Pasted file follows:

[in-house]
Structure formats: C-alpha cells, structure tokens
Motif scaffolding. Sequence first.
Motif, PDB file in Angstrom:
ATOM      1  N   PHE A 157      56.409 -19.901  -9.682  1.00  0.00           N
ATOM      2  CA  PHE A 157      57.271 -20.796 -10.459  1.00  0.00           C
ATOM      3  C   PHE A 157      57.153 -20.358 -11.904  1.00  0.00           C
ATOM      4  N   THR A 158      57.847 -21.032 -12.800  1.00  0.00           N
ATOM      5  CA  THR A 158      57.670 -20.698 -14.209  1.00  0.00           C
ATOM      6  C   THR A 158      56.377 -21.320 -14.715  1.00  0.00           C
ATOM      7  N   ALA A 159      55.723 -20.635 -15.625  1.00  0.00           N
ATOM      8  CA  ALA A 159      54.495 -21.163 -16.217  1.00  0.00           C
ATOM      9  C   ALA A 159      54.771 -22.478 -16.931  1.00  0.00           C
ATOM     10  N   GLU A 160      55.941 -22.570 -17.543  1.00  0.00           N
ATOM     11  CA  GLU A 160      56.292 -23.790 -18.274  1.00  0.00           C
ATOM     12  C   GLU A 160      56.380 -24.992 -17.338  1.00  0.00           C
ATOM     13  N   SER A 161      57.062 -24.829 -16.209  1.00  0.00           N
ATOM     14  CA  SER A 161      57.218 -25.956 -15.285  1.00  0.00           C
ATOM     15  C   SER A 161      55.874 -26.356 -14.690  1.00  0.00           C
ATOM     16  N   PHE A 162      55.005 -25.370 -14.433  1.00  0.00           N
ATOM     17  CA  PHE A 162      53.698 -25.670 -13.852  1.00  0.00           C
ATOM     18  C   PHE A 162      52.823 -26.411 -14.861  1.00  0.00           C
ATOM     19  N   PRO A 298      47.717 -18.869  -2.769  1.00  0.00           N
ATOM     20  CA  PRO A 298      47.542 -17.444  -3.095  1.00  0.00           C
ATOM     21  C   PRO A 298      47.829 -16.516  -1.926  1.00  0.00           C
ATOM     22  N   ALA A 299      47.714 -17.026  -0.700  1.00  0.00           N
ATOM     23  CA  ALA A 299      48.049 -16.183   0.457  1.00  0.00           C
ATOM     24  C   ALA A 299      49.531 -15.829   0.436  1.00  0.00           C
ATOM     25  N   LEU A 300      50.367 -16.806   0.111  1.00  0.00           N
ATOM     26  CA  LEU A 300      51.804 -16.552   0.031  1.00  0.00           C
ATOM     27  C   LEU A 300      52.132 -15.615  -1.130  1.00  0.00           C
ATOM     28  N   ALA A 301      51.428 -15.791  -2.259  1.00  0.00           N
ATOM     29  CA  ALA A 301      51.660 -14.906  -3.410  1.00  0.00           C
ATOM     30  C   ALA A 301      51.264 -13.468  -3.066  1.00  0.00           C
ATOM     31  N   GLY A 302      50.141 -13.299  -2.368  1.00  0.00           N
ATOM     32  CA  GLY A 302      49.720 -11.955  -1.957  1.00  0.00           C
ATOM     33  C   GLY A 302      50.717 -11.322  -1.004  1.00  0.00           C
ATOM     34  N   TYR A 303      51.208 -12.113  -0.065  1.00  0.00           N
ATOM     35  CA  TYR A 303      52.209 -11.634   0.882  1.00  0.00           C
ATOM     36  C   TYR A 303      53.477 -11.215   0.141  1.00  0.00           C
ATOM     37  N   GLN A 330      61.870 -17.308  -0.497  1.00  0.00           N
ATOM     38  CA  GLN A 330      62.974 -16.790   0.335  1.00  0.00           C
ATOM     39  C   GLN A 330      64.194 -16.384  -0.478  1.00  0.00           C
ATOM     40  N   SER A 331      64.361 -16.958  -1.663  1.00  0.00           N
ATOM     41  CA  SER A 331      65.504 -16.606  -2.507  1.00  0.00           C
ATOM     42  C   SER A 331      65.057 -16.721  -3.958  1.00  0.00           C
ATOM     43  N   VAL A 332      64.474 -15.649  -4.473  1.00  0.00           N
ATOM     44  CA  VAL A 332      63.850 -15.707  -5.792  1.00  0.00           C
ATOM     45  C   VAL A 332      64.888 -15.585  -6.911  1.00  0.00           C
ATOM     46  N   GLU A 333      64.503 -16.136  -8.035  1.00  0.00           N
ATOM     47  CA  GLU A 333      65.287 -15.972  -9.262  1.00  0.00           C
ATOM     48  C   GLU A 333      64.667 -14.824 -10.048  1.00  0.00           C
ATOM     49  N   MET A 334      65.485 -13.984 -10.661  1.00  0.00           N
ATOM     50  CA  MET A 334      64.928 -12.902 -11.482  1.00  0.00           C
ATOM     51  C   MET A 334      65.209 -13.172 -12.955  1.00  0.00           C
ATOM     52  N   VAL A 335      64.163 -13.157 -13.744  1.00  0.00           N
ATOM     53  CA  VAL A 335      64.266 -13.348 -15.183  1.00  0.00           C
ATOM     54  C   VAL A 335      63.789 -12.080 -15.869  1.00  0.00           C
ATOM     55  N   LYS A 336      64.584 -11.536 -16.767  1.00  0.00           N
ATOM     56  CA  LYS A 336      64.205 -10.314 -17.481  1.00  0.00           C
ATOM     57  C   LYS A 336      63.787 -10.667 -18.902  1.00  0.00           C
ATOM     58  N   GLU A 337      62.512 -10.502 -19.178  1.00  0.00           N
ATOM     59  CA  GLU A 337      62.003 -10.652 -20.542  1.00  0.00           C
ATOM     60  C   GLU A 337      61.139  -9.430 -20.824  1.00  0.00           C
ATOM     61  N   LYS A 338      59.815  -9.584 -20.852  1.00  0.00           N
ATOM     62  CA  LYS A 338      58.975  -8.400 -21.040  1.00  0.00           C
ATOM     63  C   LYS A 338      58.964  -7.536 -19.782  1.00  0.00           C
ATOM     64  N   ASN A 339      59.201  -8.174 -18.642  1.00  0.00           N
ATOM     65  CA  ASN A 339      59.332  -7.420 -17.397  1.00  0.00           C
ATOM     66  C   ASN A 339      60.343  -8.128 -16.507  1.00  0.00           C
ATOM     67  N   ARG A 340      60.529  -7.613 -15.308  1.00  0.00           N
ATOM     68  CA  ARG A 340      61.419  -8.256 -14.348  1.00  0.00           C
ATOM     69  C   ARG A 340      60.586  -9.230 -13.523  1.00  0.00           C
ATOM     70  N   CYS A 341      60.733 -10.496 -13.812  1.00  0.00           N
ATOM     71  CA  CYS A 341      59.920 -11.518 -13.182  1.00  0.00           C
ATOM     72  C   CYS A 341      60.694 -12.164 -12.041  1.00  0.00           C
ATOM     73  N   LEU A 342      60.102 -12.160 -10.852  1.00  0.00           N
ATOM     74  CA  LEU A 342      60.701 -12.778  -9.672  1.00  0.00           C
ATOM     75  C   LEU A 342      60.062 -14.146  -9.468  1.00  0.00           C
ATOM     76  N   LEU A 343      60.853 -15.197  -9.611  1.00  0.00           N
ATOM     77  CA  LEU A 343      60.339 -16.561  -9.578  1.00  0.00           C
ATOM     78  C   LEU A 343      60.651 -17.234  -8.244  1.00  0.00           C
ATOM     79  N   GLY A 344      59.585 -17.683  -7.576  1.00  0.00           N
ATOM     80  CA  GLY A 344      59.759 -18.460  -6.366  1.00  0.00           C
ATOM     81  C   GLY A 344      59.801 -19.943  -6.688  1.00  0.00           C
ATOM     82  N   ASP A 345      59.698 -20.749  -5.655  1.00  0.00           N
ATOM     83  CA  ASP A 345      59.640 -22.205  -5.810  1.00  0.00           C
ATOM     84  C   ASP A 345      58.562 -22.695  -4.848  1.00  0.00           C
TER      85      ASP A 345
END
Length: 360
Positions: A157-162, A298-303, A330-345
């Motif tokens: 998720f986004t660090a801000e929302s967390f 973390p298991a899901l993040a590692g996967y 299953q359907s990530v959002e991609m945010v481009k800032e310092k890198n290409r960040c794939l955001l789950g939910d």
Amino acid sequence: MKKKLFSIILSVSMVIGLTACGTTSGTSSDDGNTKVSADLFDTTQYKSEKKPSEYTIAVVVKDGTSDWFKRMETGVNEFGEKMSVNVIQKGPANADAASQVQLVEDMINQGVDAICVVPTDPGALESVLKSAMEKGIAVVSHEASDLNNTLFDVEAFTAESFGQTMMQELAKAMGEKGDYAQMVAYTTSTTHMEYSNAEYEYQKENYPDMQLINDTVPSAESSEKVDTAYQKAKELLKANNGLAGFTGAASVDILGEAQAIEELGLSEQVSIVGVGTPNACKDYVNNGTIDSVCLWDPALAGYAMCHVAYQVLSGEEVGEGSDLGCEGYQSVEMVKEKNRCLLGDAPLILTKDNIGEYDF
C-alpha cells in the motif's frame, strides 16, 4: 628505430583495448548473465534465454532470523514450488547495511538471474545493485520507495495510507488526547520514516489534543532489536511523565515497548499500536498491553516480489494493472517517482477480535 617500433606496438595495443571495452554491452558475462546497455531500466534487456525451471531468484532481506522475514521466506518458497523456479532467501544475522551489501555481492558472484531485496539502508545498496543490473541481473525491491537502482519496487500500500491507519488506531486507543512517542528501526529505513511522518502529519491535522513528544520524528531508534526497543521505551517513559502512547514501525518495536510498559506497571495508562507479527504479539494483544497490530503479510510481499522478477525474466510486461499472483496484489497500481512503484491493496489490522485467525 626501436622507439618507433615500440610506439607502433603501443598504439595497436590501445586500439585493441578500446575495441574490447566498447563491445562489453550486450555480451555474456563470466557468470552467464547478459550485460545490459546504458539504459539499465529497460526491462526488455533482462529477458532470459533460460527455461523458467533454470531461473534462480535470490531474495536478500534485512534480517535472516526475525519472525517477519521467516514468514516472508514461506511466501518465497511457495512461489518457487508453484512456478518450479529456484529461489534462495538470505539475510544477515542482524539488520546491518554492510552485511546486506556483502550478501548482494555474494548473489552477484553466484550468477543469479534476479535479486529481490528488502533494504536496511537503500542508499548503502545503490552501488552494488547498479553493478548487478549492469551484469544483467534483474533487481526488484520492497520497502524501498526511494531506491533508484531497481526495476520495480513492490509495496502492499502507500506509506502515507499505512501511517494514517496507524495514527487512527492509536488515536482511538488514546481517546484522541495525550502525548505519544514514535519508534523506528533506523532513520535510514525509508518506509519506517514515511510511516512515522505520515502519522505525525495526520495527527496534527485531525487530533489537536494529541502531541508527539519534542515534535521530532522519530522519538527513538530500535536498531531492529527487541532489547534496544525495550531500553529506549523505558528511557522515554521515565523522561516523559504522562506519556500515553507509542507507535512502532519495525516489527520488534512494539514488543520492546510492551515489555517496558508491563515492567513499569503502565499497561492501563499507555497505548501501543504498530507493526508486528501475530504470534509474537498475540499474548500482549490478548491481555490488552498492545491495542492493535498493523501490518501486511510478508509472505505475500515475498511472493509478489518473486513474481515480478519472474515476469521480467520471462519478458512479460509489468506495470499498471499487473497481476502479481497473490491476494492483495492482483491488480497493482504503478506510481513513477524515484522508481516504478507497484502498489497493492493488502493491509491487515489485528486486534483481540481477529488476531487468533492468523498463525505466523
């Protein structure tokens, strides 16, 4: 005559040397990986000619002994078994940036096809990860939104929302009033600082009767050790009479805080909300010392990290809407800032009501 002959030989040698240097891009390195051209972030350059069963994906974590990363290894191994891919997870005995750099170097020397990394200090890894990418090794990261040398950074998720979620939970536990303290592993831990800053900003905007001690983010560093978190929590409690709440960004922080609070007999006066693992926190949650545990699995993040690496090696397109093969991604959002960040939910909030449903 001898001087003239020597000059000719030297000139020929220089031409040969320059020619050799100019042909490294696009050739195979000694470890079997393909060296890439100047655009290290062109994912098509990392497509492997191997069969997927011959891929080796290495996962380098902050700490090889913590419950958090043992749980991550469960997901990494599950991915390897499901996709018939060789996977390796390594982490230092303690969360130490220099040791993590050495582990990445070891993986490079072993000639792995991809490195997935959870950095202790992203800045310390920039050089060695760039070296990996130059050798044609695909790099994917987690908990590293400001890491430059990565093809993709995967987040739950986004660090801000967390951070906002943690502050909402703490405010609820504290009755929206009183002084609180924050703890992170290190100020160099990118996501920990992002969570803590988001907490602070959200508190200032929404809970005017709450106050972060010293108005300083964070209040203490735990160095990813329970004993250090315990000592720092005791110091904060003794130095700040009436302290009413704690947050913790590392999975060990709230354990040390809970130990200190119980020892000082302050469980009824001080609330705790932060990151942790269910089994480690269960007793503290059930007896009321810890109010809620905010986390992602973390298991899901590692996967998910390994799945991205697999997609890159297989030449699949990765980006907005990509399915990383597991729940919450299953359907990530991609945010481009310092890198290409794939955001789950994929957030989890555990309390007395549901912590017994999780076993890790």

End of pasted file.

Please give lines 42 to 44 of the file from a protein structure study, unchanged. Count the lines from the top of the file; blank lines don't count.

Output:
ATOM     38  CA  GLN A 330      62.974 -16.790   0.335  1.00  0.00           C
ATOM     39  C   GLN A 330      64.194 -16.384  -0.478  1.00  0.00           C
ATOM     40  N   SER A 331      64.361 -16.958  -1.663  1.00  0.00           N